The postponement of the first hearing of the Seriti Commission into malfeasance, irregularities and corruption in the notorious arms deals and the imaginary off-set deals that accompanied them back in 1999 is not necessarily a bad thing.
The Arms Procurement Commission, to give it its proper name, is clearly not ready to start. The masses of documents which necessarily are its lifeblood are not yet, despite the elapse of a year and a half, in apple pie order. They ought to be electronically marshalled in searchable format.
Instead they are in lever arch files, bundled according to some system whose logic is not known even to the evidence leaders whose brief is to prepare witnesses to testify. A faint and sometimes illegible number appears on some of the pages, on others it is absent. The numbering is not consecutive, so relocating a document once found can produce challenges. Manifestly, there is work to be done on marshalling the papers, many of which may prove to be irrelevant.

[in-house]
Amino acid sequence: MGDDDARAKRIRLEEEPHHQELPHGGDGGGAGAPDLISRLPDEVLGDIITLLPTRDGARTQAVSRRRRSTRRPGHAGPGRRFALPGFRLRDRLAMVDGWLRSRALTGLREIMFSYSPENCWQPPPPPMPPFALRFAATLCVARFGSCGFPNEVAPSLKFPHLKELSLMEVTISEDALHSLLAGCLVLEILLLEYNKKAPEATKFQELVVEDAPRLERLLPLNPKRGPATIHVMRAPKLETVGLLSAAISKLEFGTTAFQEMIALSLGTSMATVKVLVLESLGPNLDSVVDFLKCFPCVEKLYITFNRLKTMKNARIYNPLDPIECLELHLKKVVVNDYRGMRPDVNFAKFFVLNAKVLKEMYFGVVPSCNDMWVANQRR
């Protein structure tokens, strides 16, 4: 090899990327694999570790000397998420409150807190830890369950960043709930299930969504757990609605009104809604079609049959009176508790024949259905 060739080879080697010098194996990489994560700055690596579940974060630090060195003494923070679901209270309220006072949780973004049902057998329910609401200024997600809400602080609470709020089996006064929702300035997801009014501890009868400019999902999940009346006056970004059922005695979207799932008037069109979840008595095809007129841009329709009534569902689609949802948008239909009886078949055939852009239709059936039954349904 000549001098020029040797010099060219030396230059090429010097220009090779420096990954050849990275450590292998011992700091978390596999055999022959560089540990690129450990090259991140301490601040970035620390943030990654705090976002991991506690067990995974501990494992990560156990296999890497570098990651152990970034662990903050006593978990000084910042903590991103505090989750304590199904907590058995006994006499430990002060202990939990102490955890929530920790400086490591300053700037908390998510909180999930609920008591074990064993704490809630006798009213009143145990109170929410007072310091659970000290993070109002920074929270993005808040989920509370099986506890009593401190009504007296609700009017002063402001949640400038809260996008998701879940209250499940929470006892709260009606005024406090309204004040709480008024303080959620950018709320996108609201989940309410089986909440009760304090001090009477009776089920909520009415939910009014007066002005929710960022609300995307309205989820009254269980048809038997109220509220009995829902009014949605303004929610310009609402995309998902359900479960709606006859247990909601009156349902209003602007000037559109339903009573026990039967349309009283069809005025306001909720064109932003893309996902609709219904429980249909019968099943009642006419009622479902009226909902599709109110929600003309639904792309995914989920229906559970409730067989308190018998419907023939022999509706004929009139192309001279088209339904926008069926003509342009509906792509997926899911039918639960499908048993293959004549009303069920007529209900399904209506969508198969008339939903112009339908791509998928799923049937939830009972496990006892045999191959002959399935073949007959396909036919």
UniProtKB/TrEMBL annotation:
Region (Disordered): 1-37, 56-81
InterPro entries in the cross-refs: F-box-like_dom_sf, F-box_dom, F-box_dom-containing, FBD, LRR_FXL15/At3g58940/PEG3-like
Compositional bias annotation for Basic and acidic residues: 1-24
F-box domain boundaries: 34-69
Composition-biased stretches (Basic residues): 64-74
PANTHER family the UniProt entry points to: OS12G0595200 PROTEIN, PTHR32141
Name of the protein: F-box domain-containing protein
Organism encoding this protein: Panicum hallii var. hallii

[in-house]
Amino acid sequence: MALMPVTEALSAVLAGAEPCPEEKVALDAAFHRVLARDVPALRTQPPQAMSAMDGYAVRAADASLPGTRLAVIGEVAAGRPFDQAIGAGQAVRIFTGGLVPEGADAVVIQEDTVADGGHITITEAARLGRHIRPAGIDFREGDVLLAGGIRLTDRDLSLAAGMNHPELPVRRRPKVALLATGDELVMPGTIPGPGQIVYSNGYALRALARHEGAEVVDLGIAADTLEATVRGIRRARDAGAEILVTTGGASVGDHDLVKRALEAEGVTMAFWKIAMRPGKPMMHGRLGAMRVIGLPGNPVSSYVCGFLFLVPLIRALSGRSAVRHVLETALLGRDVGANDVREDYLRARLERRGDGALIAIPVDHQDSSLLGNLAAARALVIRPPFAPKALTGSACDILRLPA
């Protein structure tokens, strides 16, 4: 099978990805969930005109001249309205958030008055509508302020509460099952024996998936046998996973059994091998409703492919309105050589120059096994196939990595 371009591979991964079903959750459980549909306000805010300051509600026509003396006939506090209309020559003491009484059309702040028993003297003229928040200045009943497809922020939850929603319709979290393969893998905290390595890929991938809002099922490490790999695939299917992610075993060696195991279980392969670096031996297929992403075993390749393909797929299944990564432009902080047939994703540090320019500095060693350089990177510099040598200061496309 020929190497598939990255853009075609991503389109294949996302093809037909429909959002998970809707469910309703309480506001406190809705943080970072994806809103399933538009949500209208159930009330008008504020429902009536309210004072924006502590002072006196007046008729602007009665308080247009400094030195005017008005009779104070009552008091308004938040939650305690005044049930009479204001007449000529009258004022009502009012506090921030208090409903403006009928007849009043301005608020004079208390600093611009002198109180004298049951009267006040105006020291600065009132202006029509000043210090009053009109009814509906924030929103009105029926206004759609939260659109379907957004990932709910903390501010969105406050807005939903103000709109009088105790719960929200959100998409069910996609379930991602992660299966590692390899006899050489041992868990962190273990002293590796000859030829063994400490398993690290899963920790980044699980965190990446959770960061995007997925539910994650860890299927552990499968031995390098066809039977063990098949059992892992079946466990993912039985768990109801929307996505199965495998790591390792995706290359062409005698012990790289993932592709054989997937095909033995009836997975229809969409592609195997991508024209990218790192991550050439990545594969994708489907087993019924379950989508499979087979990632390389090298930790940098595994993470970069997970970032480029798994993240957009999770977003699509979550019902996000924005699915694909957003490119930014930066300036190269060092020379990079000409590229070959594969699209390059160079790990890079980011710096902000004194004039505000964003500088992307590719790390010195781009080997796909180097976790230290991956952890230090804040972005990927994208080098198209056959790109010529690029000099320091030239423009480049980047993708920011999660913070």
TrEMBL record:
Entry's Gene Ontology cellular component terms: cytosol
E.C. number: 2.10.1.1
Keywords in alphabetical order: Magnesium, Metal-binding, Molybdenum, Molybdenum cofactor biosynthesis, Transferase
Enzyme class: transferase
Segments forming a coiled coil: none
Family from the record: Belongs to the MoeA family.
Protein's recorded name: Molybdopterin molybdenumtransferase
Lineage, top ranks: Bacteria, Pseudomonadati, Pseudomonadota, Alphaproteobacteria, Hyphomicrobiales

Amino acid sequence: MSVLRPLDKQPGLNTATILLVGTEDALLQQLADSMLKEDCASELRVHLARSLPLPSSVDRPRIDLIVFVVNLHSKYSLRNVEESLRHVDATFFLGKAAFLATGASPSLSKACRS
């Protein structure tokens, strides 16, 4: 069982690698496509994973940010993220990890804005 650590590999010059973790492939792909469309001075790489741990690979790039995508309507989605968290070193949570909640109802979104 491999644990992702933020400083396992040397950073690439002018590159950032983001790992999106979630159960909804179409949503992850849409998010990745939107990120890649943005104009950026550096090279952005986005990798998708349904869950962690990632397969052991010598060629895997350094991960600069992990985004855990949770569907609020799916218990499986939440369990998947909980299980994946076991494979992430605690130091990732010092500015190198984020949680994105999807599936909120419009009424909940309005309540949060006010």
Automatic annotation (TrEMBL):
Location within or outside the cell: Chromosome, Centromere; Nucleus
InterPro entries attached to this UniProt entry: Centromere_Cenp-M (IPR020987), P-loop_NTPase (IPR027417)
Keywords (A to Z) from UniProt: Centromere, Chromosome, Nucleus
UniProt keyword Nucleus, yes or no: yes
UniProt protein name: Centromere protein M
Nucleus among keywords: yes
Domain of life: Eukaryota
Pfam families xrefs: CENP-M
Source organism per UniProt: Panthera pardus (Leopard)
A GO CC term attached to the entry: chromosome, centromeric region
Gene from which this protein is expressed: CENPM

It is worth recalling how the commission came to be appointed. Indefatigable campaigner Terry Crawford-Browne took up the cudgels after an unsuccessful petition organised by the Social Justice Coalition in 2008 failed to persuade then President Motlanthe that a commission was needed. His successor, when faced with an order of court issued by the full Constitutional Court, rather than setting out his reasons for not appointing a commission, which would have involved traversing a few thousand pages of material placed before the court, chose instead to concede the claim and the Seriti commission was born.
Requiring the government to deal with the substance of the claims made by Crawford- Browne on their merits is essentially what the commission is tasked to do. Surprisingly, no attempt appears to have been made to get the official answer to the affidavits that were placed before the court.
An exercise in gathering documents, some of which may tend to obfuscate more than elucidate, has been embarked on and a great deal of travel to foreign climes, beyond the reach of a summons, to seek co-operation and information has been embarked on by the commission. Government departments have buried the commission in paper, a tactic often resorted to by those bent on making sure that the truth is obscured rather than revealed.